The strange thing about The Wishing Tree is if I hadn't come across it for work recently, I probably wouldn't have picked it up for myself to read. I...moreThe strange thing about The Wishing Tree is if I hadn't come across it for work recently, I probably wouldn't have picked it up for myself to read. I LOVE movie westerns (I'm a big fan of the tv show Rifleman, the movies Tombstone, Sharon Stone's version of The Quick and the Dead and the third Back to the Future movie edges out the other three just by a hair ;-)) but don't read much western lit because I always think it'd be a bit dry.
The Wishing Tree started out a bit slow because I had no idea what it was about. I don't tend to check out the blurbs of books that I work on. Mainly because I miss that childlike wonderment and the element of surprise in picking up a good read. It didn't take long for me to dive whole hog into this story!
The story opens with Jake Tanner coming to collect a debt at the insistence of his brother A.J. Jake and his family are pretty well off due to the extensive ranch and cattle herding business they run. They entered an arrangement with the patriarch of the Marshall home. Unfortunately, the note he comes to collect can't be paid due to the Marshall not having much money. The solution? Their oldest daughter Grace's hand is given in marriage to clear the milk cow debt.
From the beginning, everything goes wrong. Jake isn't attracted to Grace, her family could care less is if she leaves and the townspeople come to gawk at the wedding where Grace has to settle with a dingy yellow dress. Even worst, when her father mistreats her dog, Jake opens his mouth and puts his foot in it, breaking their well kept charade of a love story in front of the entire town. Grace can't wait to leave.
When she arrives at the Tanner home, everything is in disarray. A.J., Jake's brother, lives in a shadow after his wife's death and shuts himself out from the world. Both his and Jake's son, Jeremy' are at each other's throats, subject to bad food thanks to A.J.'s cooking. Grace eases her way in to calm things down not only with Jake's family but also to get herself mentally prepared to deal with Jake's hot and cold temper as he tries to keep her at arm's length.
There are a lot of things going on in this story that run alongside the main love story. A.J.'s recovery, life on the farm, the children's relationship with their parents, and an unexpected visitor who shows up after believing to be dead for years.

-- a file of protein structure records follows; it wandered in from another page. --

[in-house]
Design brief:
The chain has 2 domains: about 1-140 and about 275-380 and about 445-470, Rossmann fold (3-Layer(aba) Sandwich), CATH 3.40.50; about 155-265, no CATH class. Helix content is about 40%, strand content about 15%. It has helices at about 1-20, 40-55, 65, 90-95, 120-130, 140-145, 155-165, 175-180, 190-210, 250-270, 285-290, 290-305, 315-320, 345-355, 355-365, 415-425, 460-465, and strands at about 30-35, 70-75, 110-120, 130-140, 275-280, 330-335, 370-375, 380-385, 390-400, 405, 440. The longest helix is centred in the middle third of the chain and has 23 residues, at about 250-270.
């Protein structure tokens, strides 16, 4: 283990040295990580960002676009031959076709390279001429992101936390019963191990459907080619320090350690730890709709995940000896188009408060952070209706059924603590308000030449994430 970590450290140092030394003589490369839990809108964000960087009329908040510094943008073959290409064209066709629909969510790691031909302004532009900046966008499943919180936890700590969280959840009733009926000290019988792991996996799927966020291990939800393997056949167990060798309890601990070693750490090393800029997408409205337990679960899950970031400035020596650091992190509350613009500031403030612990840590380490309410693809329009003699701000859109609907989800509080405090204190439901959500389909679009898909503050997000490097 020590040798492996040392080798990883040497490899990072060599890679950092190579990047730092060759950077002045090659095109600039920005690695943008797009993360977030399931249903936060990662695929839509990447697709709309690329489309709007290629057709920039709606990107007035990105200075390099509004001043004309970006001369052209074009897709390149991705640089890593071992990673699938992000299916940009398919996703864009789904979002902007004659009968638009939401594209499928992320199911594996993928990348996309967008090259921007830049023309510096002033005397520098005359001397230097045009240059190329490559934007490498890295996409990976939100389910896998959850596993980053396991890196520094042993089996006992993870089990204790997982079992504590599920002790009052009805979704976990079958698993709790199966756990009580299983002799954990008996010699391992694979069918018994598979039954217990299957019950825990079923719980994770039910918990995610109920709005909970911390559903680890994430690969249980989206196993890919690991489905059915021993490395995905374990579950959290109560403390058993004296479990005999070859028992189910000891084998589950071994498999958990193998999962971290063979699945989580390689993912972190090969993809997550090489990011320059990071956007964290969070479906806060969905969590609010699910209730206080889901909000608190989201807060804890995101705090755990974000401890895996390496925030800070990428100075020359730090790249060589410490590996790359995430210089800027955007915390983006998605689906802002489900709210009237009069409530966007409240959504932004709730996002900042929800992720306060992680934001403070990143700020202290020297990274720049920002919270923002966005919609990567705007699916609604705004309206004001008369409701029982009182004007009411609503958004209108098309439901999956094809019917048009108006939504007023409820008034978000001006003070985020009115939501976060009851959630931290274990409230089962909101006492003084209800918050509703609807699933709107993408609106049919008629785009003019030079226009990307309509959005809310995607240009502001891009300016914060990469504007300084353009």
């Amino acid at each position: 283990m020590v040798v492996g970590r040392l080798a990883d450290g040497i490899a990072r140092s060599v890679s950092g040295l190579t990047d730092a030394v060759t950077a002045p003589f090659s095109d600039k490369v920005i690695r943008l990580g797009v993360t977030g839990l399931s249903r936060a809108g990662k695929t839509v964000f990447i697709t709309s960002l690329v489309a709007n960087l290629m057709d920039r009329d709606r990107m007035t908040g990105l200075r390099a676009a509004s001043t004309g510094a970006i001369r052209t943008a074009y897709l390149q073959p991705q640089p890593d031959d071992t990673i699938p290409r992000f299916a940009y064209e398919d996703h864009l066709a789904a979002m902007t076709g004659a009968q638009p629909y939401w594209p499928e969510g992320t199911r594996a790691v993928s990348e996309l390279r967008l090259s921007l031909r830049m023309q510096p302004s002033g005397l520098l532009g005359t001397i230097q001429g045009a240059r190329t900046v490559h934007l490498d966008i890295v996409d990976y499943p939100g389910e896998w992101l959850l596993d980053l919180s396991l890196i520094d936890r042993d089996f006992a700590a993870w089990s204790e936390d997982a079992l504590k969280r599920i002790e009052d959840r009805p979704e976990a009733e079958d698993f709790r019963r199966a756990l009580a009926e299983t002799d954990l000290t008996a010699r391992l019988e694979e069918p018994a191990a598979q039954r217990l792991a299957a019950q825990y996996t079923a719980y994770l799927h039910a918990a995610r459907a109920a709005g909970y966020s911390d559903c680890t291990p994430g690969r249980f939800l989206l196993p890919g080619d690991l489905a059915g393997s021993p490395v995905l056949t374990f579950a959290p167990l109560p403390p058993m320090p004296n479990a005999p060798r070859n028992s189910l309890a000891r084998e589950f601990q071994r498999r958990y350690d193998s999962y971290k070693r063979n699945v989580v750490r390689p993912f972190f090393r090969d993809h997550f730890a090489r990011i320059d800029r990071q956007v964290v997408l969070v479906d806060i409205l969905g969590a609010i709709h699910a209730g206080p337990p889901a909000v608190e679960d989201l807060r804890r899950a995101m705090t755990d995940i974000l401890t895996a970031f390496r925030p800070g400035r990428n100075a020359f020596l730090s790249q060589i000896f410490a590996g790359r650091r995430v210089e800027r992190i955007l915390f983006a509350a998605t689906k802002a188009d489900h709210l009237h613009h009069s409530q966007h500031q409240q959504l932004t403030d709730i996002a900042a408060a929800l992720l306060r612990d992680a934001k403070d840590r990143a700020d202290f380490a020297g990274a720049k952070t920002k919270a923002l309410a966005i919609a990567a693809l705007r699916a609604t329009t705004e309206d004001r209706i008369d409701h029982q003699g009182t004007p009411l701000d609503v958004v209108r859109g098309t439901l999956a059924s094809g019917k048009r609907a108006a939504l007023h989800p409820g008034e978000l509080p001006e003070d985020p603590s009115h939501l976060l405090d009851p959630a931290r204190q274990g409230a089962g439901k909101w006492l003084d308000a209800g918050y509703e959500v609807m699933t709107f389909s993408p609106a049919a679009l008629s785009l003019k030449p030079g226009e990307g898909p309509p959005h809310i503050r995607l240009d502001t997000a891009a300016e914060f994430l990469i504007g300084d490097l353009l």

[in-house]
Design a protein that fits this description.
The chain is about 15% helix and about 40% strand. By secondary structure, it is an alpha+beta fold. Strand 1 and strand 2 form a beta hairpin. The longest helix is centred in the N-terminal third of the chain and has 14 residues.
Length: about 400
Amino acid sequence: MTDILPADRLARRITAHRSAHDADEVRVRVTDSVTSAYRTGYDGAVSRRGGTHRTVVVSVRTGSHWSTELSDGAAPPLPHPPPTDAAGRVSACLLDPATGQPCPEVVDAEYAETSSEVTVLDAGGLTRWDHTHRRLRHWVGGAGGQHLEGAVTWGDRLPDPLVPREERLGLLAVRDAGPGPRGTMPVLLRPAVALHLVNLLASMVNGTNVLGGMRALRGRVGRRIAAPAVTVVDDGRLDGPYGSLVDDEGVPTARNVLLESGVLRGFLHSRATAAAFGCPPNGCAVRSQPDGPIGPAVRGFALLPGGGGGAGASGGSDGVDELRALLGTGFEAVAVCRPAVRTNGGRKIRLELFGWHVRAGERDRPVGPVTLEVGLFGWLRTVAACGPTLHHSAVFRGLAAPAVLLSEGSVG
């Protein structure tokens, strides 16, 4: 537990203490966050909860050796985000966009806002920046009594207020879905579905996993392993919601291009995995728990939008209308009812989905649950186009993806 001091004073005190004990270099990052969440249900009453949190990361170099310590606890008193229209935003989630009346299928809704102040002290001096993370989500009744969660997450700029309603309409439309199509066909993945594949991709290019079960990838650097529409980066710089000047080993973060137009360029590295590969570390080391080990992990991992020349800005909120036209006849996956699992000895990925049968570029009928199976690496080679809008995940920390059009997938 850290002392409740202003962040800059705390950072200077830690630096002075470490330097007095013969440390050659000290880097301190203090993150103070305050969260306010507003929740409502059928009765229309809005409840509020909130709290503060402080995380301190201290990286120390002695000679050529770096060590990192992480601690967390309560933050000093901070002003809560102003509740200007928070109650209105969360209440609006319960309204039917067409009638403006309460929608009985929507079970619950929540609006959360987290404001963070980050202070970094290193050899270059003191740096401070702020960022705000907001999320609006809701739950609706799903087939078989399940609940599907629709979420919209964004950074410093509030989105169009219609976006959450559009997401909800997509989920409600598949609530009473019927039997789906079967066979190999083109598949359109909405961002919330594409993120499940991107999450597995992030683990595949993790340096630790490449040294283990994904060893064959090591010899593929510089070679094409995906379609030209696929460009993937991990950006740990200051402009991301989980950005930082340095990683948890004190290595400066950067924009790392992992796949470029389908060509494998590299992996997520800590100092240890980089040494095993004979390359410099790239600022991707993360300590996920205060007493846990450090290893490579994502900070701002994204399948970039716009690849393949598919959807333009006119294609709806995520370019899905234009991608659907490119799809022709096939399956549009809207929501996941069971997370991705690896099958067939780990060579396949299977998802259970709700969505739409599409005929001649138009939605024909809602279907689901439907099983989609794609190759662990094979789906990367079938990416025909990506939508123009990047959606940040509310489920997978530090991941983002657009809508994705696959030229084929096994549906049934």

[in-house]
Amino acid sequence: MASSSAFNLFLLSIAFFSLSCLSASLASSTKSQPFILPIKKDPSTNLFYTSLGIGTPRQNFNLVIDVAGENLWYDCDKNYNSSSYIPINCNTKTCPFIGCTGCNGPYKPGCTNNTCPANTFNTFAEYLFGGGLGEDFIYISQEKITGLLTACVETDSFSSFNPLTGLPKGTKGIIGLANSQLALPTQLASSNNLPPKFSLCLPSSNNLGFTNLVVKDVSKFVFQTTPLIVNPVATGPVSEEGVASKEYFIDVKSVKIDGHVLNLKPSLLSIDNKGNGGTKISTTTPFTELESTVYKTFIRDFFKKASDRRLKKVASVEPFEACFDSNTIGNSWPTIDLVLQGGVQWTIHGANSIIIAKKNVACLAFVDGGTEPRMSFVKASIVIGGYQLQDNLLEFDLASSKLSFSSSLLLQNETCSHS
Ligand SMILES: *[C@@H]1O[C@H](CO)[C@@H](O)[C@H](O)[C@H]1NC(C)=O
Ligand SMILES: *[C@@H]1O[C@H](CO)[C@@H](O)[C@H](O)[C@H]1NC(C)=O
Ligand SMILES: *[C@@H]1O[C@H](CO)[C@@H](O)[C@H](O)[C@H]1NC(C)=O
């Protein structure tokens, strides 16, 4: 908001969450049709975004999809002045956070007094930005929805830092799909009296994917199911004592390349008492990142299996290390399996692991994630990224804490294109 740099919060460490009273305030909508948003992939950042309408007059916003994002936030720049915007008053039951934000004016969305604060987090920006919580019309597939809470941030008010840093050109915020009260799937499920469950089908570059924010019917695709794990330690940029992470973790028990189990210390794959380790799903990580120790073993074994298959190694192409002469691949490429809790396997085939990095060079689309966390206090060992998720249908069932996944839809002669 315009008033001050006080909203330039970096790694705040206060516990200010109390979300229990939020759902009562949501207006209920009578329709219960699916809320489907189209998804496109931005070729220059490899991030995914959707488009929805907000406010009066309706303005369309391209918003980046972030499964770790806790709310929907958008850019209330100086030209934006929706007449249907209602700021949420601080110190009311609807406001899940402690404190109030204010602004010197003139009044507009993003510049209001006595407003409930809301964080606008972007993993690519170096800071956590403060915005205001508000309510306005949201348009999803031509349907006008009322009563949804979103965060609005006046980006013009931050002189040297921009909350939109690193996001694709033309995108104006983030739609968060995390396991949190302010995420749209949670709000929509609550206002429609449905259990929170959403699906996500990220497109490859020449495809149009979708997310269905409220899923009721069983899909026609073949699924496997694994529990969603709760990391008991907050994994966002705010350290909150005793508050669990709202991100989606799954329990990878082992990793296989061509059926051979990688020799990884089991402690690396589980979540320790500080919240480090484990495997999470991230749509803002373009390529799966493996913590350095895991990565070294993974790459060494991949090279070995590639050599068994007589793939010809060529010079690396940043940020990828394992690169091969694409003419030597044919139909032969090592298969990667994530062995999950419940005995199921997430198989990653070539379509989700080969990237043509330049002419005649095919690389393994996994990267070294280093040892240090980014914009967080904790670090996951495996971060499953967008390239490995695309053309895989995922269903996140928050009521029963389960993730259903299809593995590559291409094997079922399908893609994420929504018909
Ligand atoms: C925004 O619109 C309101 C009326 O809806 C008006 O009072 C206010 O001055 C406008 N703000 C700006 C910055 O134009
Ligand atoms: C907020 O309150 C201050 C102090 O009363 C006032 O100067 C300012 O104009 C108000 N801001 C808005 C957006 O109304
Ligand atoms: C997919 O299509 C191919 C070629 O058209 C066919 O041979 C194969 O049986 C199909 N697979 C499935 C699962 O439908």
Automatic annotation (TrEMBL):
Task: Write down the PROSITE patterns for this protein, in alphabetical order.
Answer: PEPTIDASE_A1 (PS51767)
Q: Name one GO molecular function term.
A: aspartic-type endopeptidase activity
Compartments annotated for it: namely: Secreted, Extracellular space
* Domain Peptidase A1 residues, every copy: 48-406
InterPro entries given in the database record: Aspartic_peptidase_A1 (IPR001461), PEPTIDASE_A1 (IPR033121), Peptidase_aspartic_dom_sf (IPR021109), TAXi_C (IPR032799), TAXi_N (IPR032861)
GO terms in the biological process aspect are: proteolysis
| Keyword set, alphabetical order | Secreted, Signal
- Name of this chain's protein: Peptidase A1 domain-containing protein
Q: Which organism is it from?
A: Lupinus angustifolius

I LOVED this story. I've been looking for a well written story with a rich setting and this quenched my thirst. Ms. Snodgrass has a way of writing that I love so much where she lets the characters unfold in the story by showing you how they change, act and react to their environment. There were times when I cheered the characters and other times where I wanted to smack them and I loved it because they felt well rounded like real people. They weren't cookie cutter and although I feared Grace becoming a pushover or too headstrong, she balanced both aspects just right. There's a part in the story where she confronts the villain in a way that had me out of my seat and cheering for her like I was at a hockey tournament. It was awesome. The tension of that scene leveled out with a heartbreaking revelation moments later made this an intense and interesting read. Later on in the book, there are some moments of suspense that was a much welcome surprise.
Ms. Snodgrass also laid the groundwork out for the next in the series centered around Grace's younger sister Mary-Bell (now called Belle) and the handsome, mysterious preacher with a past, Paul Harrington. I can't wait to get my hands on that story. :-) (less)
What an excellent addition to historical romance titles. Lately I've been on the hunt for more historicals that take place from the 20s-40s. The style...moreWhat an excellent addition to historical romance titles. Lately I've been on the hunt for more historicals that take place from the 20s-40s. The style, the music, the snazzy close, snappy dialogue and volatile society offers so much for so many stories to be told. As we are going through a similar situation today with the depression, it's an interesting reflection upon the times to look back during the time of prohibition.
Jazz Baby doesn't disappoint. It's a romance that focuses around the main couple but at the same time, it's an excellent crime drama & family story with speakeasies, gangsters, sex (which is pretty detailed), violence and a lot of booze. Kate isn't the typical romance heroine as she is strong willed, a little loose although whip smart. Micah Trent oozed with the sexy and confident charm of Humphrey Bogart in his early work. Both had some interesting family dynamics and background which helped shaped their characters we experience in the story. Kate's brother Patrick is an integral part of the story, a former aspiring writer who fell off the path after their father's abuse which lead to his constantly drunken state. He's a side character but his character arc was fascinating to view. I also loved Susie and Jake's witty and biting repartee. They remind me of the youthful kind of love interest not unlike the boy teasing the girl he likes. They definitely have potential for their own story to develop and I hope Ms. Brown writes a followup story so we can see where everyone is after the main conflict in the story.
The setting was so spot on as Ms. Brown really brings the world to life through the dialogue (I loved the lingo here) and society at the time. At times it felt like a vacation when I was reading the book. I tried to stretch it out as much as possible reading it because I didn't want to end. I'm definitely adding this to my new favorites of 2010 and another 'wow' book that I'll happily add to my keeper shelf.